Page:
Posted on February 23, 2021
The California Coastal Commission released a staff report on Wednesday that outlines its opposition to State Parks’ new plans for Oceano Dunes State Vehicular Recreation Area.
In its 181-page report, the Coastal Commission staff discuss how the development ideas in State Parks’ draft Public Works Plan — released on Dec. 31, 2020 — do not comply with the California Coastal Act or Local Coastal Programs for Grover Beach and San Luis Obispo County.
The Coastal Commission and State Parks have “not seen eye to eye” about the development and future of the Oceano Dunes, Coastal Commission staffers told The Tribune in January. The suggestions outlined in the commission’s staff report aim “to bring finality to at least 40 years of debate and discussion” on the Oceano Dunes’ operation and conflicts with the Coastal Act and local coastal programs.
The release of its report comes before the commission will hold a public meeting to discuss State Parks’ plan on March 18. The public can also submit comments and feedback on the Public Works Plan before 5 p.m. March 2.
The report was authored by top Coastal Commission staff: executive director John Ainsworth, Central Coast District director Dan Carl and Central Coast district supervisor Kevin Kahn.
“Although staff recognizes that this recommendation will require a significant shift in park operations, it will also allow for a different park experience that is itself attractive for coastal visitors and that can serve as a regional economic engine, particularly for families looking for unique lower cost recreational and outdoor opportunities,” the staff report said.
In an emailed statement sent to The Tribune on Wednesday evening, State Parks said it had received the report and was still reviewing it.
“State Parks has put out a draft long-range plan intended to help resolve decades-long challenges and conflicts over off-highway vehicle recreation at Oceano Dunes State Vehicular Recreation Area,” the statement continued. “Public comment is being accepted on the plan, and the Coastal Commission will hold a public hearing March 18. This is a question that has been debated for nearly 40 years and there are strong opinions. We’re committed to a balanced and sustainable path that supports access for all, protects the environment and reduces environmental health risks.”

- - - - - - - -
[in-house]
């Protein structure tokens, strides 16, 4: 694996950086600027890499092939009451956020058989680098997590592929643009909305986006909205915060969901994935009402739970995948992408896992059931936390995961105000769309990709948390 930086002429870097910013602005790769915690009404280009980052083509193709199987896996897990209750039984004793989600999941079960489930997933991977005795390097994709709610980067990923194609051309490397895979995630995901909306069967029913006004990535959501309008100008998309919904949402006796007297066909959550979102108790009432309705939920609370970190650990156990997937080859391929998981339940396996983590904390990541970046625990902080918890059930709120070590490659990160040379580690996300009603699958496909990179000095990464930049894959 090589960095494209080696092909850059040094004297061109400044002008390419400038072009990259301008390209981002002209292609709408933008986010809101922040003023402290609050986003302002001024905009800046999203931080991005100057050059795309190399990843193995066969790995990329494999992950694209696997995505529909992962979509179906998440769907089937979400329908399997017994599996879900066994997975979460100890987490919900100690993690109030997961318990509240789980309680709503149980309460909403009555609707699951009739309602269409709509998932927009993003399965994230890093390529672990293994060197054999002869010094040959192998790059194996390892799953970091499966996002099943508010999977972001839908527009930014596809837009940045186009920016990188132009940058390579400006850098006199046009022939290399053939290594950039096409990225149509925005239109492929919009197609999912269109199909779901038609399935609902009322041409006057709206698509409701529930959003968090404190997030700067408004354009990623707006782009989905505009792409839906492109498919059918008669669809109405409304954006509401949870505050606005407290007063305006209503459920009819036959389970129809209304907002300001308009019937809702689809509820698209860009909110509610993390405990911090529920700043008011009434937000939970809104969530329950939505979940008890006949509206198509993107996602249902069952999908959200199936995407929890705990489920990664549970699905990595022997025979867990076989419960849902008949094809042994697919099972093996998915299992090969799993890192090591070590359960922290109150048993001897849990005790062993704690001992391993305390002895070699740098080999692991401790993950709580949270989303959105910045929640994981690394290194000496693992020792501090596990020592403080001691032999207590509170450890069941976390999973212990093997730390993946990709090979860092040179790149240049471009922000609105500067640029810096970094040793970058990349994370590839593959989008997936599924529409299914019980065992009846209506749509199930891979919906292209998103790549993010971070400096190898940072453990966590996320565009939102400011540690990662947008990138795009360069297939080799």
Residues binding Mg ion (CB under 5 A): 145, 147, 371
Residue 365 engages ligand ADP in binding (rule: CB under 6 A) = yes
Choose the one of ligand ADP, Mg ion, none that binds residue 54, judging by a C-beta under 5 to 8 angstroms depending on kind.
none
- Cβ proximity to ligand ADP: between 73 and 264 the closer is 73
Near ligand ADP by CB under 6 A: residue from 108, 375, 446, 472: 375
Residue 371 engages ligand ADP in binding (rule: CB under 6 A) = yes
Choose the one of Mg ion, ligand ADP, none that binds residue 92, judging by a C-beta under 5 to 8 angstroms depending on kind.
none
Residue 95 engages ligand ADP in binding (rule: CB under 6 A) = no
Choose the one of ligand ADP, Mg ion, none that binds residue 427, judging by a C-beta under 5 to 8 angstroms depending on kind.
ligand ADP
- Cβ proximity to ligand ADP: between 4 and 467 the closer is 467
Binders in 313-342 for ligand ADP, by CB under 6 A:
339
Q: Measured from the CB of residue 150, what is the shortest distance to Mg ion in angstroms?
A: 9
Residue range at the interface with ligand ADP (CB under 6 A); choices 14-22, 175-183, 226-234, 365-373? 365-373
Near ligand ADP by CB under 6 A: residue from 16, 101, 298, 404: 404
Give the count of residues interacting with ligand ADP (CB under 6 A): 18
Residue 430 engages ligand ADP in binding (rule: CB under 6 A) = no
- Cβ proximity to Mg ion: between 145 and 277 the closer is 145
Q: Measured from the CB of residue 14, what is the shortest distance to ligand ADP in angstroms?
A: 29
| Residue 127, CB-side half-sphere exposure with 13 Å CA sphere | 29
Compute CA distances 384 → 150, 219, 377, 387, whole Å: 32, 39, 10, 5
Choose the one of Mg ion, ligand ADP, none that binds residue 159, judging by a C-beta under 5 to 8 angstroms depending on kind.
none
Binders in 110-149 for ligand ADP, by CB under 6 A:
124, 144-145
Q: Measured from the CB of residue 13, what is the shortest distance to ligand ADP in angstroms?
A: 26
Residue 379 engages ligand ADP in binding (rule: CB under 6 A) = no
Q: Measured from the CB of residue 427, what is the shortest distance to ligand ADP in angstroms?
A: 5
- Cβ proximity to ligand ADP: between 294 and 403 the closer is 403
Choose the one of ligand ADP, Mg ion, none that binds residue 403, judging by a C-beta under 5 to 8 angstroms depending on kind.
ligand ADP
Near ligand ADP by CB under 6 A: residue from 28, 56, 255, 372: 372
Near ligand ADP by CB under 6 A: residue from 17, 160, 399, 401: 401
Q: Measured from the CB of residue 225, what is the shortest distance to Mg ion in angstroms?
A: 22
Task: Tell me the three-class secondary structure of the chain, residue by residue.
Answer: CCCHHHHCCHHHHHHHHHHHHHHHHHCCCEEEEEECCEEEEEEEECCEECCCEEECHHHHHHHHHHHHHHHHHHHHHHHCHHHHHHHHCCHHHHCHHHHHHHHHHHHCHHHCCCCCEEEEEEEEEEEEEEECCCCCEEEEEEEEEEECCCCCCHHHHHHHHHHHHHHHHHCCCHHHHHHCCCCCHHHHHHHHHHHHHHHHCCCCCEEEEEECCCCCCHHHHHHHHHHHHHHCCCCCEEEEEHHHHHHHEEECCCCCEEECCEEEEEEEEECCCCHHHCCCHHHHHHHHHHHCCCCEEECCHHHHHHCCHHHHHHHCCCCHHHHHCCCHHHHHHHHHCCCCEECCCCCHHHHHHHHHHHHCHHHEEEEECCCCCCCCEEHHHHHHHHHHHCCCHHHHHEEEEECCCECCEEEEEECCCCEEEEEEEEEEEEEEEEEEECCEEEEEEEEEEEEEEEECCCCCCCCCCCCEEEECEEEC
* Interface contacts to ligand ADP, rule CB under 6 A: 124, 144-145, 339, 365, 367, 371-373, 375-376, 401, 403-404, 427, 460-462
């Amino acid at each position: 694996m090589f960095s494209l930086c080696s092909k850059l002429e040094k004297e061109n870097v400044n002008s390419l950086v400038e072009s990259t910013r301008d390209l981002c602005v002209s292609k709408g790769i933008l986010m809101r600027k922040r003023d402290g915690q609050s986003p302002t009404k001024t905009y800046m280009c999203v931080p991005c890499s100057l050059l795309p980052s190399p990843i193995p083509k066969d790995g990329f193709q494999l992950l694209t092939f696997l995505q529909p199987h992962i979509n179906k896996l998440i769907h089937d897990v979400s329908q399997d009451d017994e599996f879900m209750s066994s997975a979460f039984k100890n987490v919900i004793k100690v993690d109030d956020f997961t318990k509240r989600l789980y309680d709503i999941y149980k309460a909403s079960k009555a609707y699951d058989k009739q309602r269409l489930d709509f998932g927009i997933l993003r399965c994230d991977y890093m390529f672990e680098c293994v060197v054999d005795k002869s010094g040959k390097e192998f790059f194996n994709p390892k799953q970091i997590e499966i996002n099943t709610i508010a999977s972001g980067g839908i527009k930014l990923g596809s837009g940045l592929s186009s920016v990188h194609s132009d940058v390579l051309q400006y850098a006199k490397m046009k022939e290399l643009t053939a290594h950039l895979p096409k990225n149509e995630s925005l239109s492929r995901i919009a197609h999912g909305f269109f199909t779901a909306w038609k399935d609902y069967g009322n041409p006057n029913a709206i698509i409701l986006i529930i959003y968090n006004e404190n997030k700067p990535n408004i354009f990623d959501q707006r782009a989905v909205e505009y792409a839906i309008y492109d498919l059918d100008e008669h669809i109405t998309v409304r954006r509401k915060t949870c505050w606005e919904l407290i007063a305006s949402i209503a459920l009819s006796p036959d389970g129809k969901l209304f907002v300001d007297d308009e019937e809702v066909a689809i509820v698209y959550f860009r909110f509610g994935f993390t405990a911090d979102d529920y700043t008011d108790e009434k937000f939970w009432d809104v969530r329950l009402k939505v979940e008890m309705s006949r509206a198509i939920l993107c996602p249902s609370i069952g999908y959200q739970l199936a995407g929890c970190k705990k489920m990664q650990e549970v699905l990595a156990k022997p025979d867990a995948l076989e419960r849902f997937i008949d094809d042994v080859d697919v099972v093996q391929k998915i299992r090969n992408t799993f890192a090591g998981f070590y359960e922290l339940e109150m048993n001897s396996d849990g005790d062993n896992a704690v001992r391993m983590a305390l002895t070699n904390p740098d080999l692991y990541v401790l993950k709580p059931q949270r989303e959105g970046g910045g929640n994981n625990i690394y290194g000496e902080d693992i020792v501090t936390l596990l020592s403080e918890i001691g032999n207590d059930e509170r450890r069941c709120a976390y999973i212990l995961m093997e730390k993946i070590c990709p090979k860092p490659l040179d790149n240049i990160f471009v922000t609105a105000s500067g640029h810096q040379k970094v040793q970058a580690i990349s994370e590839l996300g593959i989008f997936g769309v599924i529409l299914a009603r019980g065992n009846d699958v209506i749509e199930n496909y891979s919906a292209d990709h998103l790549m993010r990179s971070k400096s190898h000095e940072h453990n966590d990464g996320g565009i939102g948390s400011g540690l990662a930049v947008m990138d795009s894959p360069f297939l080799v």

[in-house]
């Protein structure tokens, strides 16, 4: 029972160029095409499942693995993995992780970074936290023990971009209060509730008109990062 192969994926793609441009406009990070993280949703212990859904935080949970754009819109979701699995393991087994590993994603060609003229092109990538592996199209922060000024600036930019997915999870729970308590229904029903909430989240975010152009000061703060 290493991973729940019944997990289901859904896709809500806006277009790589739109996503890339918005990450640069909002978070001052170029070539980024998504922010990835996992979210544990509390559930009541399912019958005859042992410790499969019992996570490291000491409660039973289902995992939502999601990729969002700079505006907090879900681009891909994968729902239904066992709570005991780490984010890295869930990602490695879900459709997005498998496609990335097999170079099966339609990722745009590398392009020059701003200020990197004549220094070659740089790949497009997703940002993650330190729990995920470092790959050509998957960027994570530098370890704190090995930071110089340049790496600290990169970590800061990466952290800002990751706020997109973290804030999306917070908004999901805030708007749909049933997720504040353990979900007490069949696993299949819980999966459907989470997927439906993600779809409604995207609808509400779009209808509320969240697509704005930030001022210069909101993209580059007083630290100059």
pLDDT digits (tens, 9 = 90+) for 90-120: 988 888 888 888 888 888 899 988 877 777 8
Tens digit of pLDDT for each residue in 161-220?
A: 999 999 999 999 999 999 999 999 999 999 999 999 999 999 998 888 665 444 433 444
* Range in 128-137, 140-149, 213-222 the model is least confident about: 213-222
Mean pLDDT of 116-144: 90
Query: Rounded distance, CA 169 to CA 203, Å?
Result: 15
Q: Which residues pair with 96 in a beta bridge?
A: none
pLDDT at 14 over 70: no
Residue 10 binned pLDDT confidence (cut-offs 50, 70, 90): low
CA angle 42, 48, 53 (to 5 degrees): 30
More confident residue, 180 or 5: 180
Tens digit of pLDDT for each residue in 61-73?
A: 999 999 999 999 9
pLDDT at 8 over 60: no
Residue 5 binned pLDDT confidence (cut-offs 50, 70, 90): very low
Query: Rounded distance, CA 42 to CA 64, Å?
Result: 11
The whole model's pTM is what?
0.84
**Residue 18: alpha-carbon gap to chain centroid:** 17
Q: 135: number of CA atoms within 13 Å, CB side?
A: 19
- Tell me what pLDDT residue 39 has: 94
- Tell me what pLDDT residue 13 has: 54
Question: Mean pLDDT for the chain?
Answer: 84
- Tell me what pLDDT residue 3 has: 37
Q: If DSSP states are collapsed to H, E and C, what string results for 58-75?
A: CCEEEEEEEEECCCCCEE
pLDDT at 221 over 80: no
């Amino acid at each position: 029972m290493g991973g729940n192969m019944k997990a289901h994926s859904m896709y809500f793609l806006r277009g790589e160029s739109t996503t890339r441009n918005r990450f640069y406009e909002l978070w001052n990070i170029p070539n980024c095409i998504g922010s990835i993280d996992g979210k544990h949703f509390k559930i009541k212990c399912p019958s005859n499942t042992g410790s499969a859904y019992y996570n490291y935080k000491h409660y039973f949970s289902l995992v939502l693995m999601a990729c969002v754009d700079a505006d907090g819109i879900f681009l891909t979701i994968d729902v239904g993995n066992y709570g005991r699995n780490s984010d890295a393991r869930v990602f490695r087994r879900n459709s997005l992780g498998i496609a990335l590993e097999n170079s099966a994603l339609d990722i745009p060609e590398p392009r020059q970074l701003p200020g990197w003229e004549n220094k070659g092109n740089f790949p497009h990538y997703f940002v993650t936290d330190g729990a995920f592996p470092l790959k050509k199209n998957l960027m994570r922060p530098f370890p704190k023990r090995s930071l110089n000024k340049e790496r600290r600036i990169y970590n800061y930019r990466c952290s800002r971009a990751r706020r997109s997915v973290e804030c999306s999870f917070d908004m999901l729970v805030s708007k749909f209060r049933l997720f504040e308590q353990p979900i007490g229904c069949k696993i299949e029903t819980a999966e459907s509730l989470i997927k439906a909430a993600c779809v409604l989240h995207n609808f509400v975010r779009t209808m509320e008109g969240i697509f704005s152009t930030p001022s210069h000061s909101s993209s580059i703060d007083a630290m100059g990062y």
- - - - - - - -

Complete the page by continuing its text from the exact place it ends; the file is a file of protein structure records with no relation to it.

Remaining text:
Off-highway vehicle use hurts environment, California Coastal Commission staff say
Nearly the entire Oceano Dunes is designated by the Coastal Act and Local Coastal Programs as an environmentally sensitive habitat area, or, ESHA.
This ESHA designation means any activities that significantly disrupt the habitat value of an area or are not dependent on the resources provided by the local ecosystem are banned. Technically, this outlaws OHV use in the park, since it has been found to disrupt the habitat by killing federally-protected birds and grinding the sand down so it produces more dust blown in the air.
The Coastal Commission’s staff report says the OHV use in the dunes “is one of the most disruptive activities that could be pursued therein.”
Additionally, the areas where dunes have been allowed to sit dormant, free of OHV activity such as an area called the 40 Acre Area no longer emit as much dust, according to the staff report.
State Parks plans to reopen the 40 Acre Area to single-track OHV use under its new Public Works Plan.
Commission report raises tribal justice concerns
In addition to the environmental concerns surrounding off-highway vehicle use on the dunes and beach forefront, the Coastal Commission’s staff report also looks at environmental justice and tribal justice issues caused by the activity.
“Unlike the more affluent beach communities in the area, such as Avila Beach and Pismo Beach, the residents of Oceano have no options for beach recreation free of cars fronting their community, and these residents bear the significant burden of air quality and public health problems, with little benefit from park operations.”
Many Oceano Dunes off-road riding enthusiasts say that OHV access to the dunes allows for greater recreational access to the beach and brings in tourists who spend their money in the community.
According to the report, the Northern Chumash Tribal Council indicated that it was “not adequately consulted when the initial CDP was approved and when the LCP was first certified for this area.”
Additionally, the Northern Chumash Tribal Council and yak titʸu titʸu yak tiłhini Northern Chumash Tribe do not support continued OHV use at the Oceano Dunes, according to the report.
“They have asked that the vehicles and OHVs that degrade this area be removed so that this sacred natural space can be honored and cherished,” the report said.
The staff report did not absolve the Coastal Commission of failing to address the tribal justice issues associated with allowing OHV use in the park.
“Rather, to date, the Commission has allowed all of the things that the tribes adamantly oppose, and have for many years,” the report said.